When one thinks of the Middle East nowadays, oil comes to mind. But with solar photovoltaic booming right now all around the region and beyond, this might not be the case in twenty or thirty years.
There are still reasons to cheer in our fight against climate change. According to the respected International Energy Agency’s new report, global greenhouse gases emissions from energy remained flat in 2016 while the global economy grew by 3.1 percent.
That’s it ! Renewable energy sources and electric vehicles are progressing so fast around the world that according to a new study coal and oil use could peak worldwide in as little as three years.
I came across several articles on my home country lately and thought it was the occasion to keep everyone updated on how the French energy transition is going on.
While the United States are wondering what will happen next on climate change mitigation in their country, both India and China have recently unvealed very ambitious targets to fight local air pollution and global climate change.
Every year in late November, it is the same thing: the very respected International Energy Agency publishes its World Energy Outlook. This year’s edition is interesting in more than one aspect.
Further to the election in the United States, a lot of people are fearing that this may be a death blow to global climate change mitigation efforts.
For long, China was seen as a climate villain, fuelling its amazing economic growth by burning more and more coal. But times are changing, and the People’s Republic is emerging as a climate leader.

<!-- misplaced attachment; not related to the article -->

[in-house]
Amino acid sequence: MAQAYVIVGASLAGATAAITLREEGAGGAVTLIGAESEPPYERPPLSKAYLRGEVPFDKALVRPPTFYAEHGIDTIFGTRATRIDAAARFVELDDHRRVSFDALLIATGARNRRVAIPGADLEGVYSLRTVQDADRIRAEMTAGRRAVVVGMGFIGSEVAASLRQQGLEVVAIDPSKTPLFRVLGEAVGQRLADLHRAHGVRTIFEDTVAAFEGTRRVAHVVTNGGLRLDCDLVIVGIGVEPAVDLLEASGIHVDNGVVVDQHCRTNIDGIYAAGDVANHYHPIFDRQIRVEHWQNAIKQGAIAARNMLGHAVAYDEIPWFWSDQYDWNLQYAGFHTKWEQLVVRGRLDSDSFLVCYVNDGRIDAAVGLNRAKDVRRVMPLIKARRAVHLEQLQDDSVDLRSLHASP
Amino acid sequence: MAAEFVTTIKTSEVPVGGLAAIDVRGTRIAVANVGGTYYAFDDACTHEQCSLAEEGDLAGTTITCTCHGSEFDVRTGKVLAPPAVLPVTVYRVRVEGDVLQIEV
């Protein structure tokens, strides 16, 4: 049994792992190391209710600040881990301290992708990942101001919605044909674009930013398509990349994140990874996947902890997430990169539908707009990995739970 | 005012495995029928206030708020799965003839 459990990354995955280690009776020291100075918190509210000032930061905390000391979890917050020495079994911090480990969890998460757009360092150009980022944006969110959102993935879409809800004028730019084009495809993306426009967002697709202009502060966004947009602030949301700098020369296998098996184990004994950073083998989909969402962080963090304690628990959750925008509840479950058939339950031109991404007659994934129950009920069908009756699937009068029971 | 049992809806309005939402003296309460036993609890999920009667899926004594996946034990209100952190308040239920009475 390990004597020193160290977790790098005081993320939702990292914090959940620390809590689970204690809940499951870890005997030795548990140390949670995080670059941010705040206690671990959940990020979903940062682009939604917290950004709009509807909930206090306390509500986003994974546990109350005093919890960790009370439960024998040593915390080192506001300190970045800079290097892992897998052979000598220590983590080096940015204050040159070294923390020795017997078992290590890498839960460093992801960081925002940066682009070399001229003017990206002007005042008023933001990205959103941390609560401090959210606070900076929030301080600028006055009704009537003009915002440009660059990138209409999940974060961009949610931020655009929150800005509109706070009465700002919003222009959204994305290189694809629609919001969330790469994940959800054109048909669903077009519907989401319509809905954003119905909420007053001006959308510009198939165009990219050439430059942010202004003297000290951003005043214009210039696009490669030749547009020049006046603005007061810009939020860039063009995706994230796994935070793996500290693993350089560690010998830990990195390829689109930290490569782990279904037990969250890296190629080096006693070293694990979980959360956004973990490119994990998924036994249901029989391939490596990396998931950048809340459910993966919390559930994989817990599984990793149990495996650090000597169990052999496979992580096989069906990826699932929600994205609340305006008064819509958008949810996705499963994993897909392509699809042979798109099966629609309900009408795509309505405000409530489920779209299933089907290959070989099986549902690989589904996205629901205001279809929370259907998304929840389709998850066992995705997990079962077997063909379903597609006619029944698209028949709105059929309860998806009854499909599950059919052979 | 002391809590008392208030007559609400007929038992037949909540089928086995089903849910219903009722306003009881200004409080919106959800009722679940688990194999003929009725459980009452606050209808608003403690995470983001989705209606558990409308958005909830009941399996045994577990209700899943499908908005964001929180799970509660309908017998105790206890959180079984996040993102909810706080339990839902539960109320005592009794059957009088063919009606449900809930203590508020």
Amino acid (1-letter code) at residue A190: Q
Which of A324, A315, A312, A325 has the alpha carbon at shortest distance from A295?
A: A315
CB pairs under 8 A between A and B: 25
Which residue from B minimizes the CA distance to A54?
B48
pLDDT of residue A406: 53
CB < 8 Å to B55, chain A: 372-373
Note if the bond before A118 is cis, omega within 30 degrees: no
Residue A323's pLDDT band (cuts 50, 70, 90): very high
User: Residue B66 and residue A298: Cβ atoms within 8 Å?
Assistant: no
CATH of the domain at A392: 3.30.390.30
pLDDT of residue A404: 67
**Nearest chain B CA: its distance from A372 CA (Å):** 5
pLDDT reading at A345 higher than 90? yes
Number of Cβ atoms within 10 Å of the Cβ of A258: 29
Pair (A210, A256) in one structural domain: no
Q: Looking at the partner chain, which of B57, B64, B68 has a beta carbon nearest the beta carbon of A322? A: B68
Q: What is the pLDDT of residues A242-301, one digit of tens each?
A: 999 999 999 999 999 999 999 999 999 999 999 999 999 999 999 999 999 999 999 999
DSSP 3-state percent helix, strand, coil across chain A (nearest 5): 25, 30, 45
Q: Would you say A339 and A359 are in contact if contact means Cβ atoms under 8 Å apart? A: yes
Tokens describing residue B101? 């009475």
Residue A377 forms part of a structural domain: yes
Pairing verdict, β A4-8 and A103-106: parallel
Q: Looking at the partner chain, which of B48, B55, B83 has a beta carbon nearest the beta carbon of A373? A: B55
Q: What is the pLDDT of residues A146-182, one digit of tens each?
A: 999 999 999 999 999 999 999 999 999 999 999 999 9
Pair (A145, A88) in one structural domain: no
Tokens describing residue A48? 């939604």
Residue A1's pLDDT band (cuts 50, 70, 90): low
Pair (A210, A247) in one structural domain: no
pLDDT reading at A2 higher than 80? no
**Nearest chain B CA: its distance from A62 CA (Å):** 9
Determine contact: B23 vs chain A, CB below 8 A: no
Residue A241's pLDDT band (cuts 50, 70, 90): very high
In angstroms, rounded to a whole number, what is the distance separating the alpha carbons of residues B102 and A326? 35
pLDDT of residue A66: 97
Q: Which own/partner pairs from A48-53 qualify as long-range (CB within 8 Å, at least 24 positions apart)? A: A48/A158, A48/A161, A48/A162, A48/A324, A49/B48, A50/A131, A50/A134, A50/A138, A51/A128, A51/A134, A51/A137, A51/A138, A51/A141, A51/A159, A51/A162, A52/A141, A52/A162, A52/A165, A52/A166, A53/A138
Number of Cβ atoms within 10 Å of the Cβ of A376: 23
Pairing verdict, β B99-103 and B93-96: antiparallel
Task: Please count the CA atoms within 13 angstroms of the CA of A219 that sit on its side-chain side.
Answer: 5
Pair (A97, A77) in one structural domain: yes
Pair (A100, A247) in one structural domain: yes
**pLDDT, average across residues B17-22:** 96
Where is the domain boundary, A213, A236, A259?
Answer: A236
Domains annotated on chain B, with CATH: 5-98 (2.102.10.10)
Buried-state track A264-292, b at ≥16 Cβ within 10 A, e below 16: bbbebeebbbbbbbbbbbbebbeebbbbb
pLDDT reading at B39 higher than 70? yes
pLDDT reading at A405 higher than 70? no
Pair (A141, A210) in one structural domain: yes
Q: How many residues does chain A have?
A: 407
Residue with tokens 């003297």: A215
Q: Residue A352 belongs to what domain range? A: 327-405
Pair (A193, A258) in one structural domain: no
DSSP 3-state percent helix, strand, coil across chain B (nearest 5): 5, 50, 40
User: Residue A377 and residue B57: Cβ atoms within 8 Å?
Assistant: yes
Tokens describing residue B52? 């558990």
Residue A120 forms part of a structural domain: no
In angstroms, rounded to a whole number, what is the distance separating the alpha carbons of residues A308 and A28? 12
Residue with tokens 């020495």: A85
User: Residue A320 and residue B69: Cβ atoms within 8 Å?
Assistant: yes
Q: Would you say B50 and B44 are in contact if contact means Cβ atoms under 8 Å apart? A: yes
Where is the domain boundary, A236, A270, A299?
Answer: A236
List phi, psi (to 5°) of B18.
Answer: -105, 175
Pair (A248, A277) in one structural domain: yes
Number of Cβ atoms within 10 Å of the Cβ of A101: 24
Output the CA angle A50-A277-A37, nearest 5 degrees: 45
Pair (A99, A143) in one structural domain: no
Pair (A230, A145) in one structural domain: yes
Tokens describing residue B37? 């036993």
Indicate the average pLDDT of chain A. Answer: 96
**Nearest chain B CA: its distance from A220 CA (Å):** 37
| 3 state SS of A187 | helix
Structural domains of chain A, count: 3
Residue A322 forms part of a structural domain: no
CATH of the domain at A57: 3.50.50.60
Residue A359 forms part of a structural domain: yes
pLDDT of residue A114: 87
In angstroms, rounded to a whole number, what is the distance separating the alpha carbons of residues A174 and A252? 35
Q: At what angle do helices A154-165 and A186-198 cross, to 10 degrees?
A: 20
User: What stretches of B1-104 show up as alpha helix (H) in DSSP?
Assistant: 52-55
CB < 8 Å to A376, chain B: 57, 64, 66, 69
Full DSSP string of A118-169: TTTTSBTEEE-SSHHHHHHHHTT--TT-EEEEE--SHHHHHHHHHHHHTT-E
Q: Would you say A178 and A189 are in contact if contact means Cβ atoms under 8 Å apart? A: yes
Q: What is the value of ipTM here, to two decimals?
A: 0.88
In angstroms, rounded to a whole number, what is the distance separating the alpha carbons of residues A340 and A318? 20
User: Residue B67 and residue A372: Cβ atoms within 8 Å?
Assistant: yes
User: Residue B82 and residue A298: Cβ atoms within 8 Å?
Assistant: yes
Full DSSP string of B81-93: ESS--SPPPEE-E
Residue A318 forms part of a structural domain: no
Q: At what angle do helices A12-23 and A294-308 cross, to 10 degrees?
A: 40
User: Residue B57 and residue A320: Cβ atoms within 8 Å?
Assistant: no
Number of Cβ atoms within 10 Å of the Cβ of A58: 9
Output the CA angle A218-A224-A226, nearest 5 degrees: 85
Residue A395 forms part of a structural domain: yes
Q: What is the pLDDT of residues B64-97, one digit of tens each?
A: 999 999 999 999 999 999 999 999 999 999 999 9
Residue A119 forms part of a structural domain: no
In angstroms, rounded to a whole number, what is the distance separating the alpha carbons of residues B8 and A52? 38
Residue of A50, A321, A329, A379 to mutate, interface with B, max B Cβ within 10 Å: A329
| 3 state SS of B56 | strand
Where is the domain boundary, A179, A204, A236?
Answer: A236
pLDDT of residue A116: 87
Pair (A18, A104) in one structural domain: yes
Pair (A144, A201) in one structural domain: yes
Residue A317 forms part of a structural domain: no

This was the opinion developed in The Guardian this summer and I have to say that I agree. Even if 100 percent renewable energy by 2050 – or even sooner – seems like the ultimate climate change goal, it will not be enough as the whole Capitalistic system needs an overhaul.
Another world is possible. It is always a question of public willingness. The latest example of this is Costa Rica – 4.9 million inhabitants strong – which ran for almost four months on a hundred percent renewable electricity.
The agreement signed late last month may be the beginning of a new era of collaboration on climate change as the three North American countries signed an agreement to push cleantech and fight climate change.
Concentrated Solar Power, or CSP, is another possible technology to generate electricity from the sun. While it can store energy and thus provide electricity after the sun went down, the global current capacity is still around 5,000 MW, compared to solar PV’s being above 220,000 MW.